It's a lesson even the worst home cooks (hopefully) know: Putting metal in the microwave is a recipe for disaster. Thanks to a viral image circulating on the web, some people may be tempted to ignore this piece of common sense in the name of experimentation. The picture shows one normal-sized penny next to three smaller pennies with the caption: "This is what happens when you put a penny in a microwave for 2 minutes." But according to Snopes, microwaving a penny won't cause it to shrink—if anything, it will just leave you with a broken microwave.

Microwave ovens heat food by bouncing microwaves around a metal box. Certain molecules, like the molecules in your leftovers, absorb these waves via dielectric loss and convert them into heat. Not all substances are compatible with microwaves, however. Metal contains high concentrations of electrons, and when microwaves hit a metallic surface, these electrons become very active and block the wave's path. Instead of absorbing into the metal, the microwaves bounce off, which can cause electrical sparks. Sometimes these sparks are strong enough to burn a hole in the oven's walls and damage the electronic equipment.

Even if you could somehow shrink coins in a microwave, the science explained above should be reason enough to resist the urge to try it at home. Anyone who tries the experiment against their better instincts will be disappointed. The photo that's been shared on social media is a hoax, with Snopes explaining that the smaller pennies likely originated in a magician's trick kit.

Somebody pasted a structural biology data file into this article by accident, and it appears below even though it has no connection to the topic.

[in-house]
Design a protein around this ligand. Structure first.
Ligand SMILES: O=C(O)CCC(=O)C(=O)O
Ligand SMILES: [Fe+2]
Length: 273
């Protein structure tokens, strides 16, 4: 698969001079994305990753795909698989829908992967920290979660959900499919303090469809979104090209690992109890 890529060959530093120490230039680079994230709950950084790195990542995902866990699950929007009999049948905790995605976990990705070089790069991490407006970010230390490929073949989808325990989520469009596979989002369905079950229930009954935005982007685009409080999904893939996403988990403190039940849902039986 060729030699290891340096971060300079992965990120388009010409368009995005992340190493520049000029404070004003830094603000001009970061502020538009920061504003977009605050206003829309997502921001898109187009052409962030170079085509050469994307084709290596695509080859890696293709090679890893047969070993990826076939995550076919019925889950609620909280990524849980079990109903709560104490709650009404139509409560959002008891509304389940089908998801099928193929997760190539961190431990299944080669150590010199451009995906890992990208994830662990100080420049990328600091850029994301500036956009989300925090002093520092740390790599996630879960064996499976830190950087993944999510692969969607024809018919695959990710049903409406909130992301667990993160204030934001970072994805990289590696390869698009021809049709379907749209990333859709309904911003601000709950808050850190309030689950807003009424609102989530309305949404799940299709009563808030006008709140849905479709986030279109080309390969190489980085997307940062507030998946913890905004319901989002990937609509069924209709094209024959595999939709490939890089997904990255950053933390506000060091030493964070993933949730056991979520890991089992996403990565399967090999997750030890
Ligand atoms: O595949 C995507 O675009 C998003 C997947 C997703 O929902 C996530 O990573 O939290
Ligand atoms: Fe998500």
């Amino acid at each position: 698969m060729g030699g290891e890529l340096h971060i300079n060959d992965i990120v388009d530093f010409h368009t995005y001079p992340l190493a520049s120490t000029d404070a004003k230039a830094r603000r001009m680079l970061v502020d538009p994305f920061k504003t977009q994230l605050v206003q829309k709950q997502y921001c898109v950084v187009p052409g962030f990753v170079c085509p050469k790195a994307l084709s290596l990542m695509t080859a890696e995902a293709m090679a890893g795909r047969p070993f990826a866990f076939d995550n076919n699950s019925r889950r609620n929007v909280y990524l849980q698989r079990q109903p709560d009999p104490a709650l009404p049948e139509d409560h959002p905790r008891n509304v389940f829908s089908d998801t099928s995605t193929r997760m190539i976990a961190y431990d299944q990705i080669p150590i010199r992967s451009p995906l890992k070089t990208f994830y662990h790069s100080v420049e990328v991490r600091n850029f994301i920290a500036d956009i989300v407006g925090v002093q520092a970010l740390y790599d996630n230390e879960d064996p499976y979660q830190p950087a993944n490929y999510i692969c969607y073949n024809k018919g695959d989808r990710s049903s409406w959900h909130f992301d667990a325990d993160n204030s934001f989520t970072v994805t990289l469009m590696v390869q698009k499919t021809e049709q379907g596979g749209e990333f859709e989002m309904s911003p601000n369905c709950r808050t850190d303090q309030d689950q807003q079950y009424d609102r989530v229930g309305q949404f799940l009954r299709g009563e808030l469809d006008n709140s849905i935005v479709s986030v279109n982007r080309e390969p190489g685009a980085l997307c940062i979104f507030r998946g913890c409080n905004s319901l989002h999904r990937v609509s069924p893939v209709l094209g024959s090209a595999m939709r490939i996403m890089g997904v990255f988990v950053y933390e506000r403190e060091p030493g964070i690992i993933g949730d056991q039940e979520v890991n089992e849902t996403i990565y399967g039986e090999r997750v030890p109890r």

The post inspired some people to share false claims of their own. One response to the image showed a melted microwave that had allegedly fallen victim to the penny trick. In reality, the years-old picture came from a blogger who set their microwave on fire accidentally while heating a pot of oil. So while microwaving a penny may cause some sparks and potentially damage your appliance, a dramatic explosion isn't likely. (Please just take our word on that, too.)

[h/t Snopes]